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Summary:

Another one bites the dust. Another in Apple’s line of Cinema Displays, that is. Apple pulled the 20″ entry-level model of their popular professional caliber display line Thursday, leaving behind only the legacy 30″ model and the 24″ newly updated LED Cinema Display with DisplayPort that […]

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Another one bites the dust. Another in Apple’s line of Cinema Displays, that is.

Apple pulled the 20″ entry-level model of their popular professional caliber display line Thursday, leaving behind only the legacy 30″ model and the 24″ newly updated LED Cinema Display with DisplayPort that was introduced alongside the new unibody MacBooks and MacBook Pros at the notebook event late last year.

Last time a model was pulled, its replacement was already available, since it was the mid-range 23″ display and the 24″ had already been announced and was available via the Apple Store. The discontinuation of the 20″ leaves a significant hole in the existing line-up, since the mid-range 24″ display is a full $200 more expensive than its smaller sibling. Curiously, AppleInsider is also reporting that all backlogs are to be cancelled and that no replacement is to be offered to fill those orders already existing.

It seems an odd move for Apple to leave such a gap in their offerings, and most retailers suspect that a refreshed model will be made available soon. If we look at the 24″ for cues, it’s reasonably safe to say that the new model would use MiniDisplay Port for video connectivity, and might offer power supply and USB hub functions as well. Suddenly those $400-range used 20″ Cinema Displays I found on craigslist the other day are looking mighty appealing, since all of my existing Apple computers still use the mini-DVI standard. Yes, I’m living in the past.

As of yet, there is no way for Apple users with Mini-DVI connected hardware to hook up with the new 24″ display, and presumably with any other forthcoming devices that will use DisplayPort tech. I think I’m gonna go inquire to that craigslist poster after all, before he realizes what he’s got his hands on and the price gouging starts.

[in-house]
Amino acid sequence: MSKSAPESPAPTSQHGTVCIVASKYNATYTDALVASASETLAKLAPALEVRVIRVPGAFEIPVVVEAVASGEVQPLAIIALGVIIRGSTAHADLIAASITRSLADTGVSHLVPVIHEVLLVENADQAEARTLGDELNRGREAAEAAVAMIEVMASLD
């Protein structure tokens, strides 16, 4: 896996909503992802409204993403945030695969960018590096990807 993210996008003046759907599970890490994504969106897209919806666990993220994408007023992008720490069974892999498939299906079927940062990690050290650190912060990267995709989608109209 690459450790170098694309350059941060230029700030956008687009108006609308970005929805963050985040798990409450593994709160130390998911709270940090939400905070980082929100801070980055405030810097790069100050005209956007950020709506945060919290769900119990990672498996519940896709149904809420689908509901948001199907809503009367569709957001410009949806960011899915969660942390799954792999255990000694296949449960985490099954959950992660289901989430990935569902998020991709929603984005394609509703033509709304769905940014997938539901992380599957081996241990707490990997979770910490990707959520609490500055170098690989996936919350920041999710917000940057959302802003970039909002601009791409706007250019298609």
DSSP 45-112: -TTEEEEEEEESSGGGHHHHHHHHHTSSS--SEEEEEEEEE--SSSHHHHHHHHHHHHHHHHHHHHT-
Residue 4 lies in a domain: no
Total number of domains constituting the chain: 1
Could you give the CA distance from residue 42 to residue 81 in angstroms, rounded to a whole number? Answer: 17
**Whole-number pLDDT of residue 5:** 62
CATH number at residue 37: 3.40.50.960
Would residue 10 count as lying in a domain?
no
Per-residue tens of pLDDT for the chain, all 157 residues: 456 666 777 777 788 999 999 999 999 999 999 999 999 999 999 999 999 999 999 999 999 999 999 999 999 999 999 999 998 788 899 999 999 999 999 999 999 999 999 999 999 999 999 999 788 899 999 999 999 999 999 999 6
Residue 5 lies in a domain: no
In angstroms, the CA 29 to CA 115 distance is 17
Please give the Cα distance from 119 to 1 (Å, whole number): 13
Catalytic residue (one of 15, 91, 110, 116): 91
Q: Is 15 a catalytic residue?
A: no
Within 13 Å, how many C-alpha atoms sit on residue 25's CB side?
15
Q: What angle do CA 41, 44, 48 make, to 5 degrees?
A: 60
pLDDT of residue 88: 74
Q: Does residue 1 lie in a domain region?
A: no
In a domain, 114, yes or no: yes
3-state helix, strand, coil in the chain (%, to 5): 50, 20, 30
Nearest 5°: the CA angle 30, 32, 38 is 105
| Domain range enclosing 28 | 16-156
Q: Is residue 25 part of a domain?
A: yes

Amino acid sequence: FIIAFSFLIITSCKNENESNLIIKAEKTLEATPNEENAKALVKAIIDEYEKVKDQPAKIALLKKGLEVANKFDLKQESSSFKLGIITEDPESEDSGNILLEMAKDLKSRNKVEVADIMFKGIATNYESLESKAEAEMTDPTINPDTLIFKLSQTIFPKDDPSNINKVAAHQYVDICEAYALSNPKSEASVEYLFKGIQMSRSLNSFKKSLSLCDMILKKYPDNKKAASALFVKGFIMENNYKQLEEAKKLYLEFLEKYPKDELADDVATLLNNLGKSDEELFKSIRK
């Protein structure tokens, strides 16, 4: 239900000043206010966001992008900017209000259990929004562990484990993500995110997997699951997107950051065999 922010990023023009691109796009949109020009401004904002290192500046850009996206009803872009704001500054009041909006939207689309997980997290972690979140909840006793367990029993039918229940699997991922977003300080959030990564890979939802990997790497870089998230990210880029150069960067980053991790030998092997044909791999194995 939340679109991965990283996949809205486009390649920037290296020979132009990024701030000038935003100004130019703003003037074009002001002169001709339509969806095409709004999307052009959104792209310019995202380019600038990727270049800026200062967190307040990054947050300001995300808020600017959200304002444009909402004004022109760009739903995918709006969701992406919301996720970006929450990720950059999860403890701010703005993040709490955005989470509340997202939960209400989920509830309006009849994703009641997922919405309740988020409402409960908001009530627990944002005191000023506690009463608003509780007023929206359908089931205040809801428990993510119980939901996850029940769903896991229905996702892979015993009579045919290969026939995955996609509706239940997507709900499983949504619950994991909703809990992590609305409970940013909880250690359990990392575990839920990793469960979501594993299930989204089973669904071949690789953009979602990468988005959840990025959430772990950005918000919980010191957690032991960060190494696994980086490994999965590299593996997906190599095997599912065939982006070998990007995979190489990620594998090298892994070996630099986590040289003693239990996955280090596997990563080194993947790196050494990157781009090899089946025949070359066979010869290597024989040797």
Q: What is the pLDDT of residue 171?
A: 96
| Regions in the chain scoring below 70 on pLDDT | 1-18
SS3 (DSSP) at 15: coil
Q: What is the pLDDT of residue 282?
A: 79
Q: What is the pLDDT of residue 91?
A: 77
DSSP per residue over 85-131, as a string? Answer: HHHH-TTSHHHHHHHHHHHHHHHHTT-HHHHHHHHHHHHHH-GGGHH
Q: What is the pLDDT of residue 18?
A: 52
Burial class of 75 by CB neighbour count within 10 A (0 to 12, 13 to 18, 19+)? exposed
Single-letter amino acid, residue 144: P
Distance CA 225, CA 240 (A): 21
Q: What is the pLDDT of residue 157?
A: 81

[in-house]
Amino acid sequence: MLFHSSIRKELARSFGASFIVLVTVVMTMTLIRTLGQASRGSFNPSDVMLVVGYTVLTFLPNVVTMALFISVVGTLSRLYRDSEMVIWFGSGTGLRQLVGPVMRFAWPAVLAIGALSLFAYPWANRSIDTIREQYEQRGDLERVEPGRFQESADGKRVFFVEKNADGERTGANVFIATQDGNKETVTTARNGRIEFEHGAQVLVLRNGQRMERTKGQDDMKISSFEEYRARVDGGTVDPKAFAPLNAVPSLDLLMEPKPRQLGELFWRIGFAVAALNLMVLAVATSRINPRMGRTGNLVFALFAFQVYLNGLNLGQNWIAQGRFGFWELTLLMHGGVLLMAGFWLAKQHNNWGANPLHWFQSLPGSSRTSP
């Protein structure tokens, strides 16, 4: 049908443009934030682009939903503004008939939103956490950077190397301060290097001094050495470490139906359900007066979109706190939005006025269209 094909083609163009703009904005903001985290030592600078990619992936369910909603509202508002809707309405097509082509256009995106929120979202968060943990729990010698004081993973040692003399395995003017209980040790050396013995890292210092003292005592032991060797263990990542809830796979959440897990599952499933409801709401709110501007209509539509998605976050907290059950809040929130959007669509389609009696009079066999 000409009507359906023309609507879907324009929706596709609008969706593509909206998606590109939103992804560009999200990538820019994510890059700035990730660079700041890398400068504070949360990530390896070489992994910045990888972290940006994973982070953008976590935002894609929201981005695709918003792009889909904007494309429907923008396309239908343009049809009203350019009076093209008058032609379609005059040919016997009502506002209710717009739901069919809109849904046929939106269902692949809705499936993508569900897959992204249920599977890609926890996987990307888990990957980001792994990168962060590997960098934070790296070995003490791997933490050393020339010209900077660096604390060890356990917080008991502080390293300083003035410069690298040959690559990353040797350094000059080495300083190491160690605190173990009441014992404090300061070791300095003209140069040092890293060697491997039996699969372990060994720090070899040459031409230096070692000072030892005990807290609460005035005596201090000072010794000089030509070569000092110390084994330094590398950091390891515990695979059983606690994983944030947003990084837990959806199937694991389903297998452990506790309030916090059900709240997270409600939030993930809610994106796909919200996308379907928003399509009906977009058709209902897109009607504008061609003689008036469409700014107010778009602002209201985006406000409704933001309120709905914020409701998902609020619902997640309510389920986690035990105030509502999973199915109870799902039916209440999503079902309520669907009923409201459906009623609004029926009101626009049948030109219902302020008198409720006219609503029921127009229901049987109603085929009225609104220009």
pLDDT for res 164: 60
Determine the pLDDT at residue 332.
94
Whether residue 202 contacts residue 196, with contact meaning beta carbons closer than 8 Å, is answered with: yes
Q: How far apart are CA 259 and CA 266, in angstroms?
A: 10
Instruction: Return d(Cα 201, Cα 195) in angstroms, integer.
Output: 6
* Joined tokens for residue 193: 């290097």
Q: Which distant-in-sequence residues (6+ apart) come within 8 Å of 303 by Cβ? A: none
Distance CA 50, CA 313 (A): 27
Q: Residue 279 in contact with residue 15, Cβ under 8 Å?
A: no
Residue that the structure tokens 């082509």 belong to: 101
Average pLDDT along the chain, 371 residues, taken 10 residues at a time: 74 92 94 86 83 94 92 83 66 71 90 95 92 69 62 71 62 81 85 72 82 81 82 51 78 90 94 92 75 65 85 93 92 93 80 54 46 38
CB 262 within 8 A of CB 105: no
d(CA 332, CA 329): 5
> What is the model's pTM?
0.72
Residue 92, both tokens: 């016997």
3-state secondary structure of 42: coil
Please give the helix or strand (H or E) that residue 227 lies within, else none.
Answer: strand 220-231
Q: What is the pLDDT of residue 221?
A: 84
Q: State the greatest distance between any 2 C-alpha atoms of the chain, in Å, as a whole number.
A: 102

1. I really hope Apple decides to come out with a new 20″ display that costs around $300 (I know it won’t happen but I can dream), Apple displays are just too overpriced. I love Apple hardware but I don’t want to spend $600 on a 20″ monitor.

    I will be keeping my eye on the refurbished 20″ Cinema Display page on Apple’s website in hopes to grab one when the price looks right.

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  2. I don’t see why Apple would want to start selling 20″ LED ACDs right away, if at all.

    I’ll assume the 20″ was removed because it was out of stock and the manufacturing line ended. If they have a 20″ LED model in the pipeline it’s probably not ready yet as was the case with the iPhone to iPhone 3G transition. Sometimes it’s worth waiting until you had planned something for since it won’t make huge sales or margins anyway.

    I moved from a 20″ ACD to the 24″ LED before Christmas and I have to say it’s wonderful. The LED display is worth the extra money, and if it wasn’t then Dell and Samsung make some great 24″ displays for next to nothing. There really isn’t a good reason to go 20″ anymore – take the leap and make it a good-for-everything 24″.